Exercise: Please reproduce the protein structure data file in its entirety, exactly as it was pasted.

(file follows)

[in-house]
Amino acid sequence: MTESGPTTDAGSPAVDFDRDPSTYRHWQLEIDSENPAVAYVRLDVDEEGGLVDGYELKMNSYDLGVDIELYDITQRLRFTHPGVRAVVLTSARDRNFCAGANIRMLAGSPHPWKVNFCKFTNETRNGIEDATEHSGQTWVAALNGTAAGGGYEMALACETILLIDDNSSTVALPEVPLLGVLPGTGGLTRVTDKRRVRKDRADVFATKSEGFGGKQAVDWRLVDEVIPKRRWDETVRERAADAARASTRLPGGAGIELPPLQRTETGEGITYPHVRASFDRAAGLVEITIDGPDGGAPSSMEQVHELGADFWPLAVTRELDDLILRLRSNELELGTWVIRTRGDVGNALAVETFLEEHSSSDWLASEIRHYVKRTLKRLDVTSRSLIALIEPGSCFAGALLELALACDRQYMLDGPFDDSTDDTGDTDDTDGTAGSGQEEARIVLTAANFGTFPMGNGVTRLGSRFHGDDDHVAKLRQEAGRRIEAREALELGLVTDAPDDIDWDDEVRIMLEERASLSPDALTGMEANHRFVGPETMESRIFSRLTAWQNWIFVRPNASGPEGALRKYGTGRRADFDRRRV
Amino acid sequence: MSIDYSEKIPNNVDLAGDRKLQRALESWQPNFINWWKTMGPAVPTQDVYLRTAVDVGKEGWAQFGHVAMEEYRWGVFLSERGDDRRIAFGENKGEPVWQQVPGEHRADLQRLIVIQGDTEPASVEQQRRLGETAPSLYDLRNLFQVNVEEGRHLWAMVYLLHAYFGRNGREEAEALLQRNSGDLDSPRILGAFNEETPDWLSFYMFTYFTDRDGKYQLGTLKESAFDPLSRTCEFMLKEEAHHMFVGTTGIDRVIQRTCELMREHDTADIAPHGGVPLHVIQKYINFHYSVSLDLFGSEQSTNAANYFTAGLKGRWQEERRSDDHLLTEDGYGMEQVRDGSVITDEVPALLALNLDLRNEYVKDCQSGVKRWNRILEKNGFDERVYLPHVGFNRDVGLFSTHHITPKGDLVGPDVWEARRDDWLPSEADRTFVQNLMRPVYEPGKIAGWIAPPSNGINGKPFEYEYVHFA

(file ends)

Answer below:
[in-house]
Amino acid sequence: MTESGPTTDAGSPAVDFDRDPSTYRHWQLEIDSENPAVAYVRLDVDEEGGLVDGYELKMNSYDLGVDIELYDITQRLRFTHPGVRAVVLTSARDRNFCAGANIRMLAGSPHPWKVNFCKFTNETRNGIEDATEHSGQTWVAALNGTAAGGGYEMALACETILLIDDNSSTVALPEVPLLGVLPGTGGLTRVTDKRRVRKDRADVFATKSEGFGGKQAVDWRLVDEVIPKRRWDETVRERAADAARASTRLPGGAGIELPPLQRTETGEGITYPHVRASFDRAAGLVEITIDGPDGGAPSSMEQVHELGADFWPLAVTRELDDLILRLRSNELELGTWVIRTRGDVGNALAVETFLEEHSSSDWLASEIRHYVKRTLKRLDVTSRSLIALIEPGSCFAGALLELALACDRQYMLDGPFDDSTDDTGDTDDTDGTAGSGQEEARIVLTAANFGTFPMGNGVTRLGSRFHGDDDHVAKLRQEAGRRIEAREALELGLVTDAPDDIDWDDEVRIMLEERASLSPDALTGMEANHRFVGPETMESRIFSRLTAWQNWIFVRPNASGPEGALRKYGTGRRADFDRRRV
Amino acid sequence: MSIDYSEKIPNNVDLAGDRKLQRALESWQPNFINWWKTMGPAVPTQDVYLRTAVDVGKEGWAQFGHVAMEEYRWGVFLSERGDDRRIAFGENKGEPVWQQVPGEHRADLQRLIVIQGDTEPASVEQQRRLGETAPSLYDLRNLFQVNVEEGRHLWAMVYLLHAYFGRNGREEAEALLQRNSGDLDSPRILGAFNEETPDWLSFYMFTYFTDRDGKYQLGTLKESAFDPLSRTCEFMLKEEAHHMFVGTTGIDRVIQRTCELMREHDTADIAPHGGVPLHVIQKYINFHYSVSLDLFGSEQSTNAANYFTAGLKGRWQEERRSDDHLLTEDGYGMEQVRDGSVITDEVPALLALNLDLRNEYVKDCQSGVKRWNRILEKNGFDERVYLPHVGFNRDVGLFSTHHITPKGDLVGPDVWEARRDDWLPSEADRTFVQNLMRPVYEPGKIAGWIAPPSNGINGKPFEYEYVHFA